Be free-floating, allowing the situation to surround you, and be in it. Take in the full surroundings, including the temperature of the water.
This may bring incredible clarity, presence and focus. This is what is means to be a jellyfish.

Friday, October 22, 2010

My sad little potted herb garden....

I was so excited to try my hand at growing some basil, dill, sage, cilantro, and chives once we moved. I didn't plant anything all summer because I knew we were moving.
Once we got settled, I bought some dirt and planted the seeds I had been holding onto since we sold our house way back last year. I started with 4 pots, 2 kinds of basil, cilantro, dill, chives, and sage.
My high expectations of pots overflowing with lush, green sprouts were met with this.
A sad little potted herb garden.

I had 2 different kinds of Basil, so they both went into the big pot.  My daughter was helping, so she filled one side with one kind of basil, and filled the other side with the second kind of basil. 
What grew?  Seven.  A measly seven. You can hardly see them in this pot above.  I thought the few that came up were kaput, especially since a squirrel planted something in the pot. But last week I saw some new leaves trying to grow.  So there is hope there, but I think a squirrel has planted something again, or trying to find what he originally planted. We are hoping for the best.
The cilantro, seen in this pot above, is doing the best! I am happy about that.  But of all the herbs I planted, I use cilantro the least. Go figure.

So that leaves the sage, dill and chives as the rest of the seeds we planted.  We put the sage in one pot, and dill and chives together in the other pot, because there were only had 4 pots to plant in. (I didn't want to spend more $ getting a new pot). 
Of those two pots, one had absolutely nothing come up. Nada, niet, NOTHING! I retired that one in the basement a few weeks ago when it became evident that nothing would sprout. I have given up on that one.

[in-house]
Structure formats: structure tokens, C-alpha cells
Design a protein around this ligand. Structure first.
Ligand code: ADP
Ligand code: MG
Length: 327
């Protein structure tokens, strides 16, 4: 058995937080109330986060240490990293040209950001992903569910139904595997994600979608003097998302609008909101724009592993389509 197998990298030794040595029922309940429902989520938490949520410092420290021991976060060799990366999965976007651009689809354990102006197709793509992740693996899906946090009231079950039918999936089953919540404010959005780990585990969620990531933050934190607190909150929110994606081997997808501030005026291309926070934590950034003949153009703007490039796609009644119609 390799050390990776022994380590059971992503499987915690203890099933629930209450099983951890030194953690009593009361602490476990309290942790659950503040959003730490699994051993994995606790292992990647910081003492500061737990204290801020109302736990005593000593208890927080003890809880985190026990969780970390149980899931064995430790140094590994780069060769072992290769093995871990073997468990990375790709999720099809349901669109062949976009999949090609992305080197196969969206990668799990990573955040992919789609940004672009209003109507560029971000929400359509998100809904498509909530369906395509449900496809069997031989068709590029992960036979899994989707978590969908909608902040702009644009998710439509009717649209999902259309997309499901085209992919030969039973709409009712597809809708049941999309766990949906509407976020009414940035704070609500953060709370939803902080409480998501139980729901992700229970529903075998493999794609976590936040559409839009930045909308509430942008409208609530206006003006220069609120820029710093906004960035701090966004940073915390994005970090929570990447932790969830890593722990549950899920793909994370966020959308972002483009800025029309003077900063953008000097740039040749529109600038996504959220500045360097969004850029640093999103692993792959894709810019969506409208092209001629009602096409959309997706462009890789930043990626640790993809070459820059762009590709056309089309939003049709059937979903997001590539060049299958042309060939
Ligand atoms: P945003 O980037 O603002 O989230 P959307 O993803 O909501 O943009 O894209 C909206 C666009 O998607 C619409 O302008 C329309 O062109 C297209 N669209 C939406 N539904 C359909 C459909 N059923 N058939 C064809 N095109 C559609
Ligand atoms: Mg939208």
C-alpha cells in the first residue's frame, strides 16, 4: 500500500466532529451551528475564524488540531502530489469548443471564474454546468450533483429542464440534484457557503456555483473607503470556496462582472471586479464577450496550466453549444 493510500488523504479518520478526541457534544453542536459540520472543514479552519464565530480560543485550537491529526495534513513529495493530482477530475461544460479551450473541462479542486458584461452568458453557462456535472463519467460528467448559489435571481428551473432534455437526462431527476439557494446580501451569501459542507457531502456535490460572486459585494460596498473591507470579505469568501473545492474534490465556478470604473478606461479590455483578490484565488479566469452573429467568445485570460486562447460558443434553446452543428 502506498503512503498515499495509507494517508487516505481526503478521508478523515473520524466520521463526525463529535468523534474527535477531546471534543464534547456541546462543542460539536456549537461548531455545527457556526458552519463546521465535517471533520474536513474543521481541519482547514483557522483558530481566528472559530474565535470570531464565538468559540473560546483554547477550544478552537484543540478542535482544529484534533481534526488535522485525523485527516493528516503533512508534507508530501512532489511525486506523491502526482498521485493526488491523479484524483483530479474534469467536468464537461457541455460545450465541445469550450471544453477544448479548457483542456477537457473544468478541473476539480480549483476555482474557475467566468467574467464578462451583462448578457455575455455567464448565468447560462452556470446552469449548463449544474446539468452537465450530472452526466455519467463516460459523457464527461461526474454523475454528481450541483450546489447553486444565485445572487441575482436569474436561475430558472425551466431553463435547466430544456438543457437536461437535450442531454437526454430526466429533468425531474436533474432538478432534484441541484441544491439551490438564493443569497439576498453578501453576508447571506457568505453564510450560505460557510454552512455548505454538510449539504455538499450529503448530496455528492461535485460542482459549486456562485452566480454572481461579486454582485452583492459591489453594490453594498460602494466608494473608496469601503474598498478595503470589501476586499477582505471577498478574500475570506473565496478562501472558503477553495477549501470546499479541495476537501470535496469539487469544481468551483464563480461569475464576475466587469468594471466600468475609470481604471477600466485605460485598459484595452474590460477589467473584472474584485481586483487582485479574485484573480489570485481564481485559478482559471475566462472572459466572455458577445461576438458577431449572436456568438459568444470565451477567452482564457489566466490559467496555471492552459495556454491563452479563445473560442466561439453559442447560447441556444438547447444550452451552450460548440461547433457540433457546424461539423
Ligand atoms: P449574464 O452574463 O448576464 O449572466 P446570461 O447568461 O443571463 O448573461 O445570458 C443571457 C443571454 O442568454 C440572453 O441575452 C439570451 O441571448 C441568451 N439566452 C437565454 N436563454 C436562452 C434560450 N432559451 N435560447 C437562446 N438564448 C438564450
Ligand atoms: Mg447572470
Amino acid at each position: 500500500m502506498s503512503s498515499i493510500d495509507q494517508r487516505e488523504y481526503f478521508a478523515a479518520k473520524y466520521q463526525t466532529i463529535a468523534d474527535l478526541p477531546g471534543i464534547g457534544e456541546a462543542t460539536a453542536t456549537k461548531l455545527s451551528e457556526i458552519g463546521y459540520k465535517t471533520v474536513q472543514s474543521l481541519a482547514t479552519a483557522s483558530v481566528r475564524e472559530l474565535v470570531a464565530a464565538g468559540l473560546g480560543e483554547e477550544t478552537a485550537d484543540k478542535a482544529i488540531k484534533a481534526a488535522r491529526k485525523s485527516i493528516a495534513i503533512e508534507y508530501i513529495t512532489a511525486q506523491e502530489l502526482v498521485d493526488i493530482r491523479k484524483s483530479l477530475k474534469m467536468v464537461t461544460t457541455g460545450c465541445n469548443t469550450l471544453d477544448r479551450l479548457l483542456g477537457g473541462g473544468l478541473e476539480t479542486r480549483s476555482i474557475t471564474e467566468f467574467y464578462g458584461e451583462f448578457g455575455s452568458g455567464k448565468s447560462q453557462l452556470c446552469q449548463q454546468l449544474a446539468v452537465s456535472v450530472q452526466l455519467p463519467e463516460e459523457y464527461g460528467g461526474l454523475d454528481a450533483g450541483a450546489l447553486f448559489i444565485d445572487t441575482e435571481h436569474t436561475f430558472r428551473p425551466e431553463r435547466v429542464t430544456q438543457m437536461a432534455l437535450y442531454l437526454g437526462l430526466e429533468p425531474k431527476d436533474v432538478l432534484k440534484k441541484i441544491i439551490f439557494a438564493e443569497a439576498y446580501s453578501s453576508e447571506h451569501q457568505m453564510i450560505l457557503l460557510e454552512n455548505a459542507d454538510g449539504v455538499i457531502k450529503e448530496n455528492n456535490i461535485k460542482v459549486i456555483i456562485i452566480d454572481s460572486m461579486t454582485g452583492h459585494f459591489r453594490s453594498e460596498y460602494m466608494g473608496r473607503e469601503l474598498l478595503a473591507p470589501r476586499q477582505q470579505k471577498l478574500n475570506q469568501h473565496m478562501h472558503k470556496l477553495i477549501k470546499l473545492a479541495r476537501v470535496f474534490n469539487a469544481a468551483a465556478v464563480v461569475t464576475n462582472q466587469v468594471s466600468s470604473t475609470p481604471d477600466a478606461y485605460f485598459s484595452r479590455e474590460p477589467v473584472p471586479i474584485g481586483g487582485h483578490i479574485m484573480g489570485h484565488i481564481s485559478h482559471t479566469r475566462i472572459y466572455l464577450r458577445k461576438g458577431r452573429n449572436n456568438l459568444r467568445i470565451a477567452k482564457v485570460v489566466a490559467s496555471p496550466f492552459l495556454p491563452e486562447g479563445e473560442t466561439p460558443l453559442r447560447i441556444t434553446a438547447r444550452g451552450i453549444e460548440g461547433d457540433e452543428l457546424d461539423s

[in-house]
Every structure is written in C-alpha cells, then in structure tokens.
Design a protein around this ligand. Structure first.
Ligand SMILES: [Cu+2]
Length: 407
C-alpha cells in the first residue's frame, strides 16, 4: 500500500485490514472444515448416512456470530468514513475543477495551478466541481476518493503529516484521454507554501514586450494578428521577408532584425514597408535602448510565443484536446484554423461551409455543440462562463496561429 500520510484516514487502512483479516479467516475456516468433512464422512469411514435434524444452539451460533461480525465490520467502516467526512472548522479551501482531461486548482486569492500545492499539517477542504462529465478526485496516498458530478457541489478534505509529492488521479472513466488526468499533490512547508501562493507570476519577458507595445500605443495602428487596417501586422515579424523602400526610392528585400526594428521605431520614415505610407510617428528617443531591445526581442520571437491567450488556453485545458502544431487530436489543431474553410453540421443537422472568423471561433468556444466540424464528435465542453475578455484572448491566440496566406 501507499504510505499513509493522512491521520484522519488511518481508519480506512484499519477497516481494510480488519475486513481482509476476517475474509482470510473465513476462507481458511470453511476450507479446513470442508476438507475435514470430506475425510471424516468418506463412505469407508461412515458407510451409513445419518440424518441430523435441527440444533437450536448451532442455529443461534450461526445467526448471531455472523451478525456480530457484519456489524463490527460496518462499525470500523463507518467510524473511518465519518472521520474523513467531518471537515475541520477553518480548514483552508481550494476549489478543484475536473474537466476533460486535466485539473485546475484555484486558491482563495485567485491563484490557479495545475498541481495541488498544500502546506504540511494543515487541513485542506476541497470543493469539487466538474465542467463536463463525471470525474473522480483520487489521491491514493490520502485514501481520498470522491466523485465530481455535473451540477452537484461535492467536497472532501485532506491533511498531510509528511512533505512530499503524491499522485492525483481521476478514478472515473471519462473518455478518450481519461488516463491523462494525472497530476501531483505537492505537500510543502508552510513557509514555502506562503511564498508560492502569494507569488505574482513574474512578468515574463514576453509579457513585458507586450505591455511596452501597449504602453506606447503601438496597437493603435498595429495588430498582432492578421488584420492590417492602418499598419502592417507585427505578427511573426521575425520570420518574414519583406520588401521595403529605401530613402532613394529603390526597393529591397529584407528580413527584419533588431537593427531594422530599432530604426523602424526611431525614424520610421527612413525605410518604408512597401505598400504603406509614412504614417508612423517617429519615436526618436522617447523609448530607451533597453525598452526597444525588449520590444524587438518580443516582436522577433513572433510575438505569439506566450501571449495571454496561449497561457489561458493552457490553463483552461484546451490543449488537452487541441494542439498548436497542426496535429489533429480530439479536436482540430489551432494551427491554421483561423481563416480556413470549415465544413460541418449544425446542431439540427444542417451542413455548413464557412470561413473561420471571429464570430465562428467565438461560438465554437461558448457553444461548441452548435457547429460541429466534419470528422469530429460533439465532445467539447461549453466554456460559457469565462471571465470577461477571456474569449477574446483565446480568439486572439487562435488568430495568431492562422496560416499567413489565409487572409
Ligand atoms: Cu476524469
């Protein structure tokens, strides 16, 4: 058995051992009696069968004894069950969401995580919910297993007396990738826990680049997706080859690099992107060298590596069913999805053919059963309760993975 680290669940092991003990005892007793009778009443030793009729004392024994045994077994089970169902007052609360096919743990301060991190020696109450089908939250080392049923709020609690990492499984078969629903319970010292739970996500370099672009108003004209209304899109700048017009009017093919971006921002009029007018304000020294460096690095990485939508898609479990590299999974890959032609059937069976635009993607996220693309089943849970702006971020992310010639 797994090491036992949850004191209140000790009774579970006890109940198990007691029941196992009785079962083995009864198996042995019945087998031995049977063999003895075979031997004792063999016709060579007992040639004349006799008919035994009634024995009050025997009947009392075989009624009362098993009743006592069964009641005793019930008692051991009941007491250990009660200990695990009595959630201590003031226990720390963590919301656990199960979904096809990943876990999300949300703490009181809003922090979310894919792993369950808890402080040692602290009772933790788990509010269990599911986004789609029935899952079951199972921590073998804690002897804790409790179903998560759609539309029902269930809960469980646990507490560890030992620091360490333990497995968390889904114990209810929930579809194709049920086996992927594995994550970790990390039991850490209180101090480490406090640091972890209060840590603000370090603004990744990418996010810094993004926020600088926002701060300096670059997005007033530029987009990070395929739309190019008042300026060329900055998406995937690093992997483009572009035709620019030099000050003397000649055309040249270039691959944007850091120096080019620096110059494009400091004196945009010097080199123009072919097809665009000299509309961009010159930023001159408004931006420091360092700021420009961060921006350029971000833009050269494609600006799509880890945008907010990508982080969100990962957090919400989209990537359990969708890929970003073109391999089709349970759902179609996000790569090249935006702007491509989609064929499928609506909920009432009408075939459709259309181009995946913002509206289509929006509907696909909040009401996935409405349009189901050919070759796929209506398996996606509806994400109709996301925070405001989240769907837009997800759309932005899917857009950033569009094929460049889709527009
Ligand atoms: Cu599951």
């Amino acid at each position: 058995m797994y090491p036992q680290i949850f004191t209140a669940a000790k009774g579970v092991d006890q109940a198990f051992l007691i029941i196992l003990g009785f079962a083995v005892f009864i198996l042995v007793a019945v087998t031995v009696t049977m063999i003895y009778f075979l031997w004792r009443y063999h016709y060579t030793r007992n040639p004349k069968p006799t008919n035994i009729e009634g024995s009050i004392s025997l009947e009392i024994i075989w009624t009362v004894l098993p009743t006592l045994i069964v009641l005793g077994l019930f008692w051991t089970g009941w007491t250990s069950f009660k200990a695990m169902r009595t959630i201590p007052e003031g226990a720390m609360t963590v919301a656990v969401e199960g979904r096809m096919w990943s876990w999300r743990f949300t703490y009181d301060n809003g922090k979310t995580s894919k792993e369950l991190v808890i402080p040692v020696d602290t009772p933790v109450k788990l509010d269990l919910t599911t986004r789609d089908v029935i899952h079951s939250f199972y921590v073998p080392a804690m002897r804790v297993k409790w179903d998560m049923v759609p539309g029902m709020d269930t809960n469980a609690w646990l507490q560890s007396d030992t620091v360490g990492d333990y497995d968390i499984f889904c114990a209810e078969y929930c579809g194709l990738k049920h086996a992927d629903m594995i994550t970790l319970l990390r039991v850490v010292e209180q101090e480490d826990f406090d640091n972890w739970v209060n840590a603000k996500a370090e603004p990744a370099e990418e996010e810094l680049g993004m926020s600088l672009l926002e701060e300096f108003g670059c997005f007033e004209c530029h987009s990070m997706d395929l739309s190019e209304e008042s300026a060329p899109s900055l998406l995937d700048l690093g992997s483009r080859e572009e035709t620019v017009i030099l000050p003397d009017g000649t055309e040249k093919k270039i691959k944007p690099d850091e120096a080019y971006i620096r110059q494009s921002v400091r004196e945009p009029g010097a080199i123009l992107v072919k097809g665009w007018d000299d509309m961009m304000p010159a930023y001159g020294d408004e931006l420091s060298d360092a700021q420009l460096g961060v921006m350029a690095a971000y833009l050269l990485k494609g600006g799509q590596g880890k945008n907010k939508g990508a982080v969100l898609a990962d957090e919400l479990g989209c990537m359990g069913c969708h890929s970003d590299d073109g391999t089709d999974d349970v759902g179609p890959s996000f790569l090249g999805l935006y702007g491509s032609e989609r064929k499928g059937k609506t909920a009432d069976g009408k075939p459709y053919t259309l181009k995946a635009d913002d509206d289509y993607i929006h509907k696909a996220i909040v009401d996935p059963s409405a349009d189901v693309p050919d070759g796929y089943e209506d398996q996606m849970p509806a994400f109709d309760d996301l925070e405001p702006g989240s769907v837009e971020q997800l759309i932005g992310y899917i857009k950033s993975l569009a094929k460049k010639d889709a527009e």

This pot, seen below, does have things growing it it, but I am really not sure what the heck they are.  There are three different things in it.  I am stumped.  The 2 pots, one with the sage and the other with the dill and chives, looked identical.  Of course they got mixed up when I had to move them, so I really don't know what is supposed to be growing in here.  It should be either dill and chives OR just sage.
What do you think?  I don't recognize any of these leaves yet. I think at least one is a weed. I would love to hear your suggestions. I have never grown sage before, and I remember chives looking nothing like any of these. Dill, I don't know what that looks like this young,  I only know what it looks like when it is grown. 

I would love some input.  It is still warm enough to keep them outside here, but won't be for much longer.  Then I will have to find a place to keep them inside.  I would love to know which one (or more) of these three is the weed so I don't bring that in the house.  Also, any suggestions to help the poor basil would be appreciated. I use a lot of basil when I cook, so an overflowing pot of this would be awesome.
So all you green thumbs out there - what do you think?


  1. I grow basil but not from seed. I've tried and its never worked. Those mystery leaves are....a mystery. Definitely not dill or chives. Sorry, but sage is doubtful also. I find with herbs I do better buying small plants. I had 2 this year of basil,in the ground and I have enough now for tons of pesto and other uses...and I do mean alot!

  2. I don't neccessarily have a green thumb. But could it be that your seeds were too old?... sometimes seeds packaged for the previous growing year are not 'vigorously viable' after that year. For the lucky ones that did sprout, it kindof looks like your soil is coarse with a lot of wood bits in it, which may have raised the acidity enough to stunt the tender seedlings' growth. Possible Rx -- Transplant to nice dark potting soil? But with a surgeon's touch! -- Sandy

  3. It's true, I did buy the cheap soil was Walmart....and the seeds were old....But I think the soil issue could be it. I will give it a try.

  4. Like Barbra, I also do much better with plants. Plants were grow and eventually have to be transplanted into the ground.

    In addition to what others said, seeds have to be kept wet, but not too wet until the plants come up well. It's a tricky science. Sometimes I have had luck.

    I would use Black Cow manure rather than soil. But at least, half Black Cow and half organic potting soil.


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